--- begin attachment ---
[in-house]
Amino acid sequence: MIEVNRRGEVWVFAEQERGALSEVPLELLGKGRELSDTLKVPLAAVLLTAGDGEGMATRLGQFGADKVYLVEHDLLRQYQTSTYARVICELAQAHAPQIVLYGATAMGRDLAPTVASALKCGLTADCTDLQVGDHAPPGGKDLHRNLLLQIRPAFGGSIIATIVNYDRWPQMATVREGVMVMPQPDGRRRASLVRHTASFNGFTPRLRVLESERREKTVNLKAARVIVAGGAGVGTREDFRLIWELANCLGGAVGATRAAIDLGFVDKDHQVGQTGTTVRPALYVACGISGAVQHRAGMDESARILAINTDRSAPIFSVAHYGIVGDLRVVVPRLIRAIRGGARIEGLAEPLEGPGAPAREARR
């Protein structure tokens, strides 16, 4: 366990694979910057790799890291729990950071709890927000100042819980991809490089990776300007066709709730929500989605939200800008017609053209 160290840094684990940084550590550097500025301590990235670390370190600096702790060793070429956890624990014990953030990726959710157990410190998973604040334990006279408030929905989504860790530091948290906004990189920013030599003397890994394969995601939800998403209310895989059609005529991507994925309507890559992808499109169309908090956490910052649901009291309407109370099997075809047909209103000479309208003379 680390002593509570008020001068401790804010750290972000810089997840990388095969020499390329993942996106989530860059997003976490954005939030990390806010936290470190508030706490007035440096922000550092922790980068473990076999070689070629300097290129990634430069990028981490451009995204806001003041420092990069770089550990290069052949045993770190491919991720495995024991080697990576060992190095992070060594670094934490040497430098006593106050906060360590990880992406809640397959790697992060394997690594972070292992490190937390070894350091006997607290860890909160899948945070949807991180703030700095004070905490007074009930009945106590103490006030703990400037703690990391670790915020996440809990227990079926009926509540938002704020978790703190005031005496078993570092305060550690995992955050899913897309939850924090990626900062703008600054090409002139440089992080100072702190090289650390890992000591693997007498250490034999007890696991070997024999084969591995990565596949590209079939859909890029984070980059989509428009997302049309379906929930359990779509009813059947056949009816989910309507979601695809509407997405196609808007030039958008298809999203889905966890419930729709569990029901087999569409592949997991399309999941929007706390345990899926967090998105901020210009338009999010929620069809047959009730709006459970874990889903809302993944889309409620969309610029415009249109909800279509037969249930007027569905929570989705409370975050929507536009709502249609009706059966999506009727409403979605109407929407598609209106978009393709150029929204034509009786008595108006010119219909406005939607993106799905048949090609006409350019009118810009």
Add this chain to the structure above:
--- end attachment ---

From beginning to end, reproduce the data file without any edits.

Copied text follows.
[in-house]
Amino acid sequence: MIEVNRRGEVWVFAEQERGALSEVPLELLGKGRELSDTLKVPLAAVLLTAGDGEGMATRLGQFGADKVYLVEHDLLRQYQTSTYARVICELAQAHAPQIVLYGATAMGRDLAPTVASALKCGLTADCTDLQVGDHAPPGGKDLHRNLLLQIRPAFGGSIIATIVNYDRWPQMATVREGVMVMPQPDGRRRASLVRHTASFNGFTPRLRVLESERREKTVNLKAARVIVAGGAGVGTREDFRLIWELANCLGGAVGATRAAIDLGFVDKDHQVGQTGTTVRPALYVACGISGAVQHRAGMDESARILAINTDRSAPIFSVAHYGIVGDLRVVVPRLIRAIRGGARIEGLAEPLEGPGAPAREARR
């Protein structure tokens, strides 16, 4: 366990694979910057790799890291729990950071709890927000100042819980991809490089990776300007066709709730929500989605939200800008017609053209 160290840094684990940084550590550097500025301590990235670390370190600096702790060793070429956890624990014990953030990726959710157990410190998973604040334990006279408030929905989504860790530091948290906004990189920013030599003397890994394969995601939800998403209310895989059609005529991507994925309507890559992808499109169309908090956490910052649901009291309407109370099997075809047909209103000479309208003379 680390002593509570008020001068401790804010750290972000810089997840990388095969020499390329993942996106989530860059997003976490954005939030990390806010936290470190508030706490007035440096922000550092922790980068473990076999070689070629300097290129990634430069990028981490451009995204806001003041420092990069770089550990290069052949045993770190491919991720495995024991080697990576060992190095992070060594670094934490040497430098006593106050906060360590990880992406809640397959790697992060394997690594972070292992490190937390070894350091006997607290860890909160899948945070949807991180703030700095004070905490007074009930009945106590103490006030703990400037703690990391670790915020996440809990227990079926009926509540938002704020978790703190005031005496078993570092305060550690995992955050899913897309939850924090990626900062703008600054090409002139440089992080100072702190090289650390890992000591693997007498250490034999007890696991070997024999084969591995990565596949590209079939859909890029984070980059989509428009997302049309379906929930359990779509009813059947056949009816989910309507979601695809509407997405196609808007030039958008298809999203889905966890419930729709569990029901087999569409592949997991399309999941929007706390345990899926967090998105901020210009338009999010929620069809047959009730709006459970874990889903809302993944889309409620969309610029415009249109909800279509037969249930007027569905929570989705409370975050929507536009709502249609009706059966999506009727409403979605109407929407598609209106978009393709150029929204034509009786008595108006010119219909406005939607993106799905048949090609006409350019009118810009």
Add this chain to the structure above: